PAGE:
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Making the Transition to Online Resuscitation Training Using Manikins

When transitioning to a new resuscitation program like HeartCodeTM, that involves online training and voice-activated manikins, it is important to include a strong group of people in the decision-making, implementation, and training processes. Start by gaining the support of senior leadership—the CEO, CFO, and CNO are key figures who need to stand behind the new program. The more leadership and staff personnel that is on board from the beginning, the easier it is to build excitement among hospital staff.

Next, create a team of individuals who will lead the implementation stages. A person needs to be identified who can act as the administrator of HeartCode. This person might be from HR, a Director of Education, a Manager, or a Charge Nurse—anyone who is able to make assignments, run reports, troubleshoot online content, and oversee the overall program. Instructors also need to be selected who can support staff and provide overall maintenance, and super-users should be identified who can be supportive of the program and staff as needed. The involvement of IT is critical to the team as well because they will be instrumental in keeping the software maintained and computers updated.

HealthStream is available to help clients during this entire process—by discussing HeartCode with hospital executives, setting up the program in the hospital, importing employees into the system, walking instructors through training, explaining the necessary system requirements to the IT department, and more.

Staff Reactions to Transition

Staff members’ responses to such a large transition vary immensely. There is always a group of people who is very excited about the change and the benefits of convenience that come with HeartCode. There is also always a group who is nervous about making the switch, particularly those who have test anxiety or are generally averse to change. HealthStream makes HeartCode training and navigation of the program very user-friendly. However, it is important to remember that many people have an underlying fear that he or she will not know what to do during a code situation. HeartCode is a completely different way of CPR learning than what everyone is used to, and some anxiety is normal. Emphasizing the positive effects HeartCode can have on survival outcomes encourages new users to be patient when they have to try again and again to pass the simulations. Encourage new users not to become frustrated because it is challenging to score 100% immediately; with time they will become caregivers with quality CPR skills.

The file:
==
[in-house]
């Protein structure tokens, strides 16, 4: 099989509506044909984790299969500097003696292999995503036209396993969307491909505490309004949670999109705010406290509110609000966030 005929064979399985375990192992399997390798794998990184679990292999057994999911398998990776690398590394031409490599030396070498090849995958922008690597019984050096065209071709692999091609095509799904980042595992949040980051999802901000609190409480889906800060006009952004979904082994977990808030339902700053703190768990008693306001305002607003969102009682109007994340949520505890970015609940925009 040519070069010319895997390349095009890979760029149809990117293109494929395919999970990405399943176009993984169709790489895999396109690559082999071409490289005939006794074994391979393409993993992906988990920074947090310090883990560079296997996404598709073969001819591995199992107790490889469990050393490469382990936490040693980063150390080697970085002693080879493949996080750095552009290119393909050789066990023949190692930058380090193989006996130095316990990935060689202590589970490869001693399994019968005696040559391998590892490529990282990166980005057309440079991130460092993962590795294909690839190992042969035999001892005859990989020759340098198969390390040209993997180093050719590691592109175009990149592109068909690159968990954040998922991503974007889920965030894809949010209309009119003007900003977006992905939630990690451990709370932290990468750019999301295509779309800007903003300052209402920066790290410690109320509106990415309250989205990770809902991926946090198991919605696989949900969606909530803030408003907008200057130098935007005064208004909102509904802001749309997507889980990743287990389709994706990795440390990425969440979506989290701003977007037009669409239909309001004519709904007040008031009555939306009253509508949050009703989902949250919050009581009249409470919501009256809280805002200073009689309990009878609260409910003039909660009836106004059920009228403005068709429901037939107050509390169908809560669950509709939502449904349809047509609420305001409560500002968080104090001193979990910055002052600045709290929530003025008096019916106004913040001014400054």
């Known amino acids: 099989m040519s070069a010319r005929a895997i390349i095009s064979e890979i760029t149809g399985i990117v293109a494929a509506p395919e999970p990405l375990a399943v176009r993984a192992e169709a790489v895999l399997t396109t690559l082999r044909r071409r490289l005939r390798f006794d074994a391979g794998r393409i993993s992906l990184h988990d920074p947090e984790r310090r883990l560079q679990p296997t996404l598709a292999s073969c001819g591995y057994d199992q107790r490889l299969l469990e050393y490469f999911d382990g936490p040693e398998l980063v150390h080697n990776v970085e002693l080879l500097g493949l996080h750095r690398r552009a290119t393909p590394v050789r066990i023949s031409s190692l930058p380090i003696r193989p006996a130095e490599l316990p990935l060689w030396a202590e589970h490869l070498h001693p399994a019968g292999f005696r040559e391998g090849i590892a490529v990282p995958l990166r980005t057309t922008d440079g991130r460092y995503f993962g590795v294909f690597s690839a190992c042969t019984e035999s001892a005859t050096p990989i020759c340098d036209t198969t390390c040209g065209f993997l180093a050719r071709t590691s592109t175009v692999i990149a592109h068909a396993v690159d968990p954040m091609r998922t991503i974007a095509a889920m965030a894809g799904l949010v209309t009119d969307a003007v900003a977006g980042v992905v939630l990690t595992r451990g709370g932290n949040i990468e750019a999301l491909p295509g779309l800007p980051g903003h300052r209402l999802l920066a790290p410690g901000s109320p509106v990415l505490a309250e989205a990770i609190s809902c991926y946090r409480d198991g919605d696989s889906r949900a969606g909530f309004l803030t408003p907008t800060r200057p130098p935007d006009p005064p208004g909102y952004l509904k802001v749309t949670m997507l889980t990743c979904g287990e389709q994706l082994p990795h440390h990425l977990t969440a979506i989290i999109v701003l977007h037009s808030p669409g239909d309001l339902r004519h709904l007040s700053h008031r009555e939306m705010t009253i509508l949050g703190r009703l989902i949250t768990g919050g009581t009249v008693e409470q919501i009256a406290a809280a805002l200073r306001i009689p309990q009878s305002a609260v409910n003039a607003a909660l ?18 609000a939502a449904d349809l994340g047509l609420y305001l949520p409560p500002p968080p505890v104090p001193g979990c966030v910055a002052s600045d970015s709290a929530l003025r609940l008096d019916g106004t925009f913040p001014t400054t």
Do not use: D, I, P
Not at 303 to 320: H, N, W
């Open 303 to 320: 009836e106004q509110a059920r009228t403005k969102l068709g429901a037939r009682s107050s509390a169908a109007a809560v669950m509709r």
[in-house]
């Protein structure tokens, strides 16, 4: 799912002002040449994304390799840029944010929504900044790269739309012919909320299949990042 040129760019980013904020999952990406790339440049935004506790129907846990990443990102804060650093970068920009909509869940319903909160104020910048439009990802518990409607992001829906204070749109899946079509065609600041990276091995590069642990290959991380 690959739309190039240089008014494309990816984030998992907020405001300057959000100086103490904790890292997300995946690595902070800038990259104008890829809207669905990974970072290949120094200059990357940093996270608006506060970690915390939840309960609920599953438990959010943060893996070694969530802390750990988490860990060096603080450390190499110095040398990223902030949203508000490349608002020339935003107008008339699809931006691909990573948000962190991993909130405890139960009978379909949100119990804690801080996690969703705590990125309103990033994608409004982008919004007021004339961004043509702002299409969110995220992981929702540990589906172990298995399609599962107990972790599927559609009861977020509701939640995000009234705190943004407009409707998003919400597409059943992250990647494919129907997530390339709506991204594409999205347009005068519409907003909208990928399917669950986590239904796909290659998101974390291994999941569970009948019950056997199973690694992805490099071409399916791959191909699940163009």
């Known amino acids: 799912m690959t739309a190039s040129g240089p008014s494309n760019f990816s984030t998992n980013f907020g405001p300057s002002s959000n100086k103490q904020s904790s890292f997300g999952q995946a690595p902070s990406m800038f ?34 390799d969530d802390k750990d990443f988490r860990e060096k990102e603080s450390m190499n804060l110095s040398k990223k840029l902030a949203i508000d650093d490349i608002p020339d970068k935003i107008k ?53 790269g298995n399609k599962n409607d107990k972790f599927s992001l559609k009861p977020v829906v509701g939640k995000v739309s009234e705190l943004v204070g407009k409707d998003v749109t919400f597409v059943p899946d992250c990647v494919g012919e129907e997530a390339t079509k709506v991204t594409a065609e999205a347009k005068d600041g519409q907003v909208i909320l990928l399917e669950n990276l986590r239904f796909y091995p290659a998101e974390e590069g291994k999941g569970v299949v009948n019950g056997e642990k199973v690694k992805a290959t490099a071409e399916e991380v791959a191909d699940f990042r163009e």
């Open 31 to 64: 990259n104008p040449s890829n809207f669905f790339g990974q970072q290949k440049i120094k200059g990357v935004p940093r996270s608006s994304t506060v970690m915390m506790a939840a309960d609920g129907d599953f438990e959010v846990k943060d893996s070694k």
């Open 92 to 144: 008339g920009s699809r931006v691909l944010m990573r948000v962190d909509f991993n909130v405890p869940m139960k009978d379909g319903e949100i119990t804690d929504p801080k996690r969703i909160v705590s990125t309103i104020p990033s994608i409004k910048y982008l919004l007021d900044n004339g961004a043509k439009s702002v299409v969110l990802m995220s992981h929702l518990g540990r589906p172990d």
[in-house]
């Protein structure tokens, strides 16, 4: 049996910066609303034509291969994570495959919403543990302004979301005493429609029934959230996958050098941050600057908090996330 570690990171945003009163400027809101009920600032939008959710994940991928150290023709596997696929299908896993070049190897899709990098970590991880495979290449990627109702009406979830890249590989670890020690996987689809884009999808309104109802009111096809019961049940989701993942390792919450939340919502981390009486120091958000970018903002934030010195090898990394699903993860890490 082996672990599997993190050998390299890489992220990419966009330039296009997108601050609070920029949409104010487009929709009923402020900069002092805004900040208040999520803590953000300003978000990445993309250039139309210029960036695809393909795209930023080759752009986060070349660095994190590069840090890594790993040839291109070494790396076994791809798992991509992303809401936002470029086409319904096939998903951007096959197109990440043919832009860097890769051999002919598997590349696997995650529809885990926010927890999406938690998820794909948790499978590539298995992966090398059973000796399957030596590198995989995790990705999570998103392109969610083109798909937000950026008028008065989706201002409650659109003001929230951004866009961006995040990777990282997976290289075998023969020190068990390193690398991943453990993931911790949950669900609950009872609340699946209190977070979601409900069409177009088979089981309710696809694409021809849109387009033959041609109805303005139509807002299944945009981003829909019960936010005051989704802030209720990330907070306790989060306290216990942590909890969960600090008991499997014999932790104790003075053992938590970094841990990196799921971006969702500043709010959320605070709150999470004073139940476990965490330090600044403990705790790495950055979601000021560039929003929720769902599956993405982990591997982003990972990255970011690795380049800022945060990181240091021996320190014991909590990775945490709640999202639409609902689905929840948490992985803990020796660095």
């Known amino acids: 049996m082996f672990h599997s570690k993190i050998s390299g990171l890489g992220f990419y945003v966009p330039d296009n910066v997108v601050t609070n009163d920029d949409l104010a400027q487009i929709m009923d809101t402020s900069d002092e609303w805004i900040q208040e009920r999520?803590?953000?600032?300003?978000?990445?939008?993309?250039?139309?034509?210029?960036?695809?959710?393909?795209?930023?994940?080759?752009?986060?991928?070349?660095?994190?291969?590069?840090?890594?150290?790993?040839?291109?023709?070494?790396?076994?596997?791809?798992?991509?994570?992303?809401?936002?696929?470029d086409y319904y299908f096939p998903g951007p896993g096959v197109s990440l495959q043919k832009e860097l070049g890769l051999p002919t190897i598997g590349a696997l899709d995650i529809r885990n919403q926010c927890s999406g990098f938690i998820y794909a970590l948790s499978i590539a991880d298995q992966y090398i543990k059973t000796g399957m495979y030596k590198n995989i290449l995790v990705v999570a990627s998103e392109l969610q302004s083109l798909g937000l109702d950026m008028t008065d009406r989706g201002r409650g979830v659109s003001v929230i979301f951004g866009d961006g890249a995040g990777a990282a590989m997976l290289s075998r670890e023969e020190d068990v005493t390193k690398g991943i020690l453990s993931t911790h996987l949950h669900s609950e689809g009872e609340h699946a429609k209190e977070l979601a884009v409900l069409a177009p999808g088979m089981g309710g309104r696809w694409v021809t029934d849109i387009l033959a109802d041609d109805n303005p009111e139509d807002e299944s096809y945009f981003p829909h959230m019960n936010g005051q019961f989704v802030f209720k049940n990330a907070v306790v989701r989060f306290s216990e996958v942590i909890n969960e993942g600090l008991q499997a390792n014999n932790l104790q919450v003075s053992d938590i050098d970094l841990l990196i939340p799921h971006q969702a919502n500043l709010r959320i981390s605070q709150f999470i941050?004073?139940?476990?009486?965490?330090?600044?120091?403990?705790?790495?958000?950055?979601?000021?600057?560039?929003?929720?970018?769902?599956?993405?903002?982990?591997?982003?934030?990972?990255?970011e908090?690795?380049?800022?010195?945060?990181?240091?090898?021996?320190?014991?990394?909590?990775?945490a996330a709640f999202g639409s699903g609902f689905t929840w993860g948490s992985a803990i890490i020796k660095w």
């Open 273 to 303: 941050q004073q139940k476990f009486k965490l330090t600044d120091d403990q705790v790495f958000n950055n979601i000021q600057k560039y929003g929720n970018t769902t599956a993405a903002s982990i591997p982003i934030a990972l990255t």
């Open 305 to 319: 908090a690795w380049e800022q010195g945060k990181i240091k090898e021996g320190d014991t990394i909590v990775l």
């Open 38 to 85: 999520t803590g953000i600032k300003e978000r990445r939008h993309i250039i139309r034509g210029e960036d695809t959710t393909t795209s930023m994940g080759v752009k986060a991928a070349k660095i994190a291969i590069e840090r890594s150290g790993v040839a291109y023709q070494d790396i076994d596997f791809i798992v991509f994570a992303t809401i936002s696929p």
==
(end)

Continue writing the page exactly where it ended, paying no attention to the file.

Overcoming the Challenges of Transition

Transitioning to HeartCode from the traditional classroom model is a major shift for hospitals, staff, and instructors. This change in learning models is one of the biggest shifts that has occurred in the industry in years; because students and instructors are accustomed to a certain teaching format, some pushback can be anticipated. Quality CPR is extremely difficult to do, and HeartCode is more challenging and stricter than a classroom session. An instructor in a classroom does not have the same ability to measure student skills and provide specific feedback that can be applied and instantaneously measured and evaluated. With HeartCode, users who do not perform quality CPR do not pass the scenario and are given opportunities to learn from their mistakes and redo the session until they pass.

Resistance Related to Greater Difficulty

Students and instructors immediately recognize the differences between program models, and some resist the change because of the difficulties. It can be a particularly hard transition for instructors or staff persons who perform CPR regularly, especially if upon performing CPR on the VAMs they are told that they are not performing quality CPR. But hospitals that have adopted HeartCode report that over time those who resist the change are often the same people who become the biggest advocates of HeartCode.

Advocates Should Focus on the Why

Other problems that organizations face include trying to find space for the manikins, accessibility for staff, IT challenges, or working with a tight budget. Regardless of the challenge, when facing pushback during a transition the important thing to emphasize is the reason for transitioning to HeartCode— to save more lives through quality CPR. Such a drastic change can be foreign and intimidating to students, instructors, and administration. The more encouragement given, information shared, and best practices applied during implementation, the easier it is to overcome these challenges.

This blog post excerpts a HeartCode-focused article from our recent eBook, High-Quality CPR: Breathing New Life into Your Training Program, available for download here.

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